MRC-funded researcher Dianne Newbury won our international collaboration competition last year for a poster describing her work with researchers in Chile on speech and language development. When we heard that the story involved a mysterious predominance of language problems on the island that inspired Robinson Crusoe, we invited her to write about it.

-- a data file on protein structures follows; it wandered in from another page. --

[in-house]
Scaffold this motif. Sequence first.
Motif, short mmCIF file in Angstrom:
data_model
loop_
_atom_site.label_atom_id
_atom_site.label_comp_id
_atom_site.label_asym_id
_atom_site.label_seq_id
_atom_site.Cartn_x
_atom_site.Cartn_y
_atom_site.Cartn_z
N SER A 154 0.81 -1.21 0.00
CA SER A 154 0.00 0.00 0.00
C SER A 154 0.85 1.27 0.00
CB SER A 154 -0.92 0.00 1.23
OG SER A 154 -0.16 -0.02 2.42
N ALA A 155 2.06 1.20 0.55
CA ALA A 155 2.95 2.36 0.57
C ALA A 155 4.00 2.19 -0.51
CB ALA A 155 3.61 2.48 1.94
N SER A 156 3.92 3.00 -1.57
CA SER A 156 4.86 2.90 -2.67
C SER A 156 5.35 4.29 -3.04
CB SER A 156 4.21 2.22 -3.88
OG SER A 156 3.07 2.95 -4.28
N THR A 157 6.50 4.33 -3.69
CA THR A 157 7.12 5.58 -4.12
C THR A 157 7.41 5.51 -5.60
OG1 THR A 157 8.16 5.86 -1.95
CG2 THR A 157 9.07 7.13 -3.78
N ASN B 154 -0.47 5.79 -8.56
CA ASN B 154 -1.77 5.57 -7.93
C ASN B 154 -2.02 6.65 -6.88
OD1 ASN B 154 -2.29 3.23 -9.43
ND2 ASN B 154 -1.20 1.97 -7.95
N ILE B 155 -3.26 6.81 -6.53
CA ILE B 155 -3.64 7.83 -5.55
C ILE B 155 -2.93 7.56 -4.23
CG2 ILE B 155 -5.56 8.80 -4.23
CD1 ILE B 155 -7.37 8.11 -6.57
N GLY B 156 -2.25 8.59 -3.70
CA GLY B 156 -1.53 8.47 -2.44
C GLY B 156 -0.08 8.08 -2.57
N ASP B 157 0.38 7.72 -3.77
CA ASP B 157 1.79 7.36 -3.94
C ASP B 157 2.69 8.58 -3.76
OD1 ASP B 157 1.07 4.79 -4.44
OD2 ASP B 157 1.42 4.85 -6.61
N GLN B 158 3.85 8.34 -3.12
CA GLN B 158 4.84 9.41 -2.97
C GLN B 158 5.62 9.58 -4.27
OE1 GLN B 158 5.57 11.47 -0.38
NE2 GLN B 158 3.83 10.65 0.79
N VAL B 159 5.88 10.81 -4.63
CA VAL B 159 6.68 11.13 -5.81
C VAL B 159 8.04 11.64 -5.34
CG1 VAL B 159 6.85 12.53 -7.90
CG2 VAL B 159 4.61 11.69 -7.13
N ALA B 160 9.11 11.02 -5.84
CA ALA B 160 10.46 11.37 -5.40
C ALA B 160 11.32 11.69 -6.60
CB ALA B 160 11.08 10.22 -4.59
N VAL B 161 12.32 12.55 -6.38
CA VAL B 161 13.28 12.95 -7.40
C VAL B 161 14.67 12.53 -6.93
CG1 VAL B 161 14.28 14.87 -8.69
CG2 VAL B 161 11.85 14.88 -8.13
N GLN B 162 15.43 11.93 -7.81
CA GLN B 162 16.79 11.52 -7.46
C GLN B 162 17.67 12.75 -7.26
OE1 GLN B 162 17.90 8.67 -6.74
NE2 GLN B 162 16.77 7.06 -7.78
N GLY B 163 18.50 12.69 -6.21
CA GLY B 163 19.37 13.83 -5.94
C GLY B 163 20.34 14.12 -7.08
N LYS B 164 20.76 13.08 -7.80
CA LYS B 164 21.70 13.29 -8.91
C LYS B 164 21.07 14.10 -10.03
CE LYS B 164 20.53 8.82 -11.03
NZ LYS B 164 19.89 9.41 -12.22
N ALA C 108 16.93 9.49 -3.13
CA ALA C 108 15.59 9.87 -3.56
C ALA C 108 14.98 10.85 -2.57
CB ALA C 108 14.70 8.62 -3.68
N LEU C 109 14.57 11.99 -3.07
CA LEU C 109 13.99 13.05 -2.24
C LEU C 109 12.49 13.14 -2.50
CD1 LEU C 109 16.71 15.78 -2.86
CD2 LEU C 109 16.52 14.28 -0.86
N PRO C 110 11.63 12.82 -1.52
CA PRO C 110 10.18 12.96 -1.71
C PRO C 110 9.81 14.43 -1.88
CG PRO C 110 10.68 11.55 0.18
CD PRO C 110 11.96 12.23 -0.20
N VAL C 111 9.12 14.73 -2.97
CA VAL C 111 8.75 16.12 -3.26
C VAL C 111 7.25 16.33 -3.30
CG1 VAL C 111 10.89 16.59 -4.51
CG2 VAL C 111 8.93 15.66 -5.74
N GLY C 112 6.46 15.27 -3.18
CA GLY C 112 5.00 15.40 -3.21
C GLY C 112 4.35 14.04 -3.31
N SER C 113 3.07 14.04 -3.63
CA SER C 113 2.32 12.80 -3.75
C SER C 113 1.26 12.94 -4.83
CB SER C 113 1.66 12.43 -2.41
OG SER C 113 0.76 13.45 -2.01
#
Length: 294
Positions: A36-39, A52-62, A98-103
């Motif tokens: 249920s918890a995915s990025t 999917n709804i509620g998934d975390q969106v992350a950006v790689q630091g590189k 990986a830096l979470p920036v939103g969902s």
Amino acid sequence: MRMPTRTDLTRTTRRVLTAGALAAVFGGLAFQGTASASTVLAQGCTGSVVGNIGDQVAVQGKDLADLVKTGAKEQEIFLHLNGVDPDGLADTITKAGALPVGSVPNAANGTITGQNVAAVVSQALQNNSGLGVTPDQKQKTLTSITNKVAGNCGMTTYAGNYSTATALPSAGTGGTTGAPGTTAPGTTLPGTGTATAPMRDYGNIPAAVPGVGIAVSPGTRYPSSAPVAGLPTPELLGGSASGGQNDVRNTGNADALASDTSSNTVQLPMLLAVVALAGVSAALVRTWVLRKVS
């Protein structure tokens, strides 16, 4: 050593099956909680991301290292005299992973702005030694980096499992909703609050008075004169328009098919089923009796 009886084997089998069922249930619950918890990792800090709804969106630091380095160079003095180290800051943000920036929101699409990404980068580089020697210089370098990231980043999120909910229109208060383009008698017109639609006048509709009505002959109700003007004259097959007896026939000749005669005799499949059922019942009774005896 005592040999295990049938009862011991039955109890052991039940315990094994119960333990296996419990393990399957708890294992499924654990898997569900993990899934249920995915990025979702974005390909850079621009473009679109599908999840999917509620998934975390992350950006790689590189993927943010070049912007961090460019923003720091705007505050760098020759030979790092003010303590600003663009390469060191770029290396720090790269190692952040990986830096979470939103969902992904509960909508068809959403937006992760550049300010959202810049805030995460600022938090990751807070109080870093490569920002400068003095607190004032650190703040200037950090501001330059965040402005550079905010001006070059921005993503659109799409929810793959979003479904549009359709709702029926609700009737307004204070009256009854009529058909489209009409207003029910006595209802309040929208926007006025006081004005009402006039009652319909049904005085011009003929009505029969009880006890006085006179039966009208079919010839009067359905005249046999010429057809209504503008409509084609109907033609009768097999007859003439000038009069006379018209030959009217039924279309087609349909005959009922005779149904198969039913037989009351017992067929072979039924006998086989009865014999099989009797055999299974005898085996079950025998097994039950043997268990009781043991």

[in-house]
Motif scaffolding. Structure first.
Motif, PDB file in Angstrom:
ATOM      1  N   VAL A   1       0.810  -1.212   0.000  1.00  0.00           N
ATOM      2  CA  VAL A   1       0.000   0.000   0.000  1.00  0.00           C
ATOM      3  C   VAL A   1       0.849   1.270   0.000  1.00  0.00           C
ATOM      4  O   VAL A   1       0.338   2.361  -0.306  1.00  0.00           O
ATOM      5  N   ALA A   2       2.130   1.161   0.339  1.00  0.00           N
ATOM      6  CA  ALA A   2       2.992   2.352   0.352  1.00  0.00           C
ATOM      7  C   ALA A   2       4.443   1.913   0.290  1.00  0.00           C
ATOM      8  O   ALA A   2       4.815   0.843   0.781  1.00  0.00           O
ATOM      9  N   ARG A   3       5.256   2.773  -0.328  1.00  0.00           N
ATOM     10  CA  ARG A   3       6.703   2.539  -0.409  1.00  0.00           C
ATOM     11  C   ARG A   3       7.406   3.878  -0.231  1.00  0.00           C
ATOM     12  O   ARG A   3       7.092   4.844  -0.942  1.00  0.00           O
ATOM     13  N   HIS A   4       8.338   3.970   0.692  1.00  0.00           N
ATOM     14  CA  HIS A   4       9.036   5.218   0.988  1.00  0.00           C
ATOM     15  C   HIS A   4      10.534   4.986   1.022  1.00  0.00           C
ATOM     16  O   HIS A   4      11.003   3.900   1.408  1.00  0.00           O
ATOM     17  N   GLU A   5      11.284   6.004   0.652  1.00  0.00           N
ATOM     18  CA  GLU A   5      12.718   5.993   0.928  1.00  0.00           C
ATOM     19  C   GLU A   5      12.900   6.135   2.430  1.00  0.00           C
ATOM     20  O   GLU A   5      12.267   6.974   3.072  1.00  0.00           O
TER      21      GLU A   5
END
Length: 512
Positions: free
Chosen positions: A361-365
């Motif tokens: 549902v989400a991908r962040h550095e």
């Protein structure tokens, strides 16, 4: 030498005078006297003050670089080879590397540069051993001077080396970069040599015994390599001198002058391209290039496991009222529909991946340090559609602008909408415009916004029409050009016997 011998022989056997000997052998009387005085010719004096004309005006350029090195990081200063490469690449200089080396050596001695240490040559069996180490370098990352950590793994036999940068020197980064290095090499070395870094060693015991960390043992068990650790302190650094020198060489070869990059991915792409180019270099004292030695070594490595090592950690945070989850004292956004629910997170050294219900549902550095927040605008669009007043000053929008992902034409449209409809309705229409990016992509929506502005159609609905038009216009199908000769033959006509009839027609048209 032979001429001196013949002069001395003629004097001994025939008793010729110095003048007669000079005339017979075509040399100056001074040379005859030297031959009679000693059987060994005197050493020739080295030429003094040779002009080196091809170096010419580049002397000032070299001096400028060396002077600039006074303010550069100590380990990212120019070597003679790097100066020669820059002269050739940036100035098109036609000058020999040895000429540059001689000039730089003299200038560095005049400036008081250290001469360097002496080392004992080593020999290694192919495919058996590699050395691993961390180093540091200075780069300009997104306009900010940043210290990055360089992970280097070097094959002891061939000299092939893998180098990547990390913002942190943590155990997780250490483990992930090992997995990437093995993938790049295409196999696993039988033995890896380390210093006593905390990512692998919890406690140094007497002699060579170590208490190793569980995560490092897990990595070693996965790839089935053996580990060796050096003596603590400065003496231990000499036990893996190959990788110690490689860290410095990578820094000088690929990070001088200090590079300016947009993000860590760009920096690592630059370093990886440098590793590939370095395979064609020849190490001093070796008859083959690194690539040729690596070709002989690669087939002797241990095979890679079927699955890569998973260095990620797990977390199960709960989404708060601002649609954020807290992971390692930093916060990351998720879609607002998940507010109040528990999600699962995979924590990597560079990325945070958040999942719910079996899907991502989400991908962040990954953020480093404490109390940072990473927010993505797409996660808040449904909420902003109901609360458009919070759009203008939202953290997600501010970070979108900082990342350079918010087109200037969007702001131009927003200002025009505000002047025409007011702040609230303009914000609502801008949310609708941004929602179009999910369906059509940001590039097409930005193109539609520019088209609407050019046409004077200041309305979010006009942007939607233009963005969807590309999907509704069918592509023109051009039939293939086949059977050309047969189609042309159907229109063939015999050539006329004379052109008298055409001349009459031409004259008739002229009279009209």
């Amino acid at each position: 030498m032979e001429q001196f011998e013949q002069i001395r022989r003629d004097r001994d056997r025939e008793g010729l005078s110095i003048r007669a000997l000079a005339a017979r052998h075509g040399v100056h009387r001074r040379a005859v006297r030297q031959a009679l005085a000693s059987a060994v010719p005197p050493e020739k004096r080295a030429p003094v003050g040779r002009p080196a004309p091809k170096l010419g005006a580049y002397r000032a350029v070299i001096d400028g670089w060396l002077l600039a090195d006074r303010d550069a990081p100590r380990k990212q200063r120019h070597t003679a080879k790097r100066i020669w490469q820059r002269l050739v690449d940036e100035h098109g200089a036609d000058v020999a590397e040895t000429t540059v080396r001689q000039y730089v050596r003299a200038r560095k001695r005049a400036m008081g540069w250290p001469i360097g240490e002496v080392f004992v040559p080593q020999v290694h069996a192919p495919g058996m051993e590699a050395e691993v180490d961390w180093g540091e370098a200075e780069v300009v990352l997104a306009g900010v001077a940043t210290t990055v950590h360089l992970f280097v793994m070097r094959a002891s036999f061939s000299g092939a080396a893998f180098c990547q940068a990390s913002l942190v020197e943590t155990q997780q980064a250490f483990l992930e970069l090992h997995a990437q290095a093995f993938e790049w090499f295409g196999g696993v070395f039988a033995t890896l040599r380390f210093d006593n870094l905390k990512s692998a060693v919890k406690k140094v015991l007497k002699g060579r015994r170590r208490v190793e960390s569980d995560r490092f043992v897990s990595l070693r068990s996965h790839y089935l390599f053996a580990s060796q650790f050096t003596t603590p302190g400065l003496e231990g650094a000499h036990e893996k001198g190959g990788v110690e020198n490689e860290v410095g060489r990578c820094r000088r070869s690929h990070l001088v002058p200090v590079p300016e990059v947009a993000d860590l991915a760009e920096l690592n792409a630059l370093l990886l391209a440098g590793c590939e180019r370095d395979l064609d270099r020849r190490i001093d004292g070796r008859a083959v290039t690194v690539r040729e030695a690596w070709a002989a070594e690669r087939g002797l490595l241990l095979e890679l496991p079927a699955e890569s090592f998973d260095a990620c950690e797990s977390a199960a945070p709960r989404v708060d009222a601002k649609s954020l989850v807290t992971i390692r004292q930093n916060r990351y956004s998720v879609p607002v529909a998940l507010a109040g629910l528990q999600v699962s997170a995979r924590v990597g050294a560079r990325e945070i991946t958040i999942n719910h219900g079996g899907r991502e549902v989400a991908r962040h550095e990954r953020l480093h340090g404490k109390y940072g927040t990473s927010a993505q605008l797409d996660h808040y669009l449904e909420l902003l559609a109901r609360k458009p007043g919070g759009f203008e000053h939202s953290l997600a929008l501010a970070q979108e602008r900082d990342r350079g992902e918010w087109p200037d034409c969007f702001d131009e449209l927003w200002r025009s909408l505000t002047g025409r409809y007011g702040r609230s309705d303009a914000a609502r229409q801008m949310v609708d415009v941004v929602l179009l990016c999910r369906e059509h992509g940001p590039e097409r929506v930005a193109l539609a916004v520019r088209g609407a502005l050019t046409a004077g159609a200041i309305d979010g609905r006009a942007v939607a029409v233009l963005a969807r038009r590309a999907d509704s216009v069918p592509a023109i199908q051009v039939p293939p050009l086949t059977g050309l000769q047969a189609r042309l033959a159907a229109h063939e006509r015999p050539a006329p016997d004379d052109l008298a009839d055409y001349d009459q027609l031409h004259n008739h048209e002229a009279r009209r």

Our story begins on a small island 400 miles off the coast of Chile in the Pacific Ocean. Robinson Crusoe Island is named after Alexander Selkirk, the Scottish sailor who was marooned on the island for four years in the 1700s and was reportedly the inspiration for Daniel Defoe’s famous novel.
The island is quiet, the climate warm and the vistas unique, making it an idyllic holiday location. It has a population of less than 1,000 individuals, most of whom live in the island’s only town, San Juan Bautista. Read more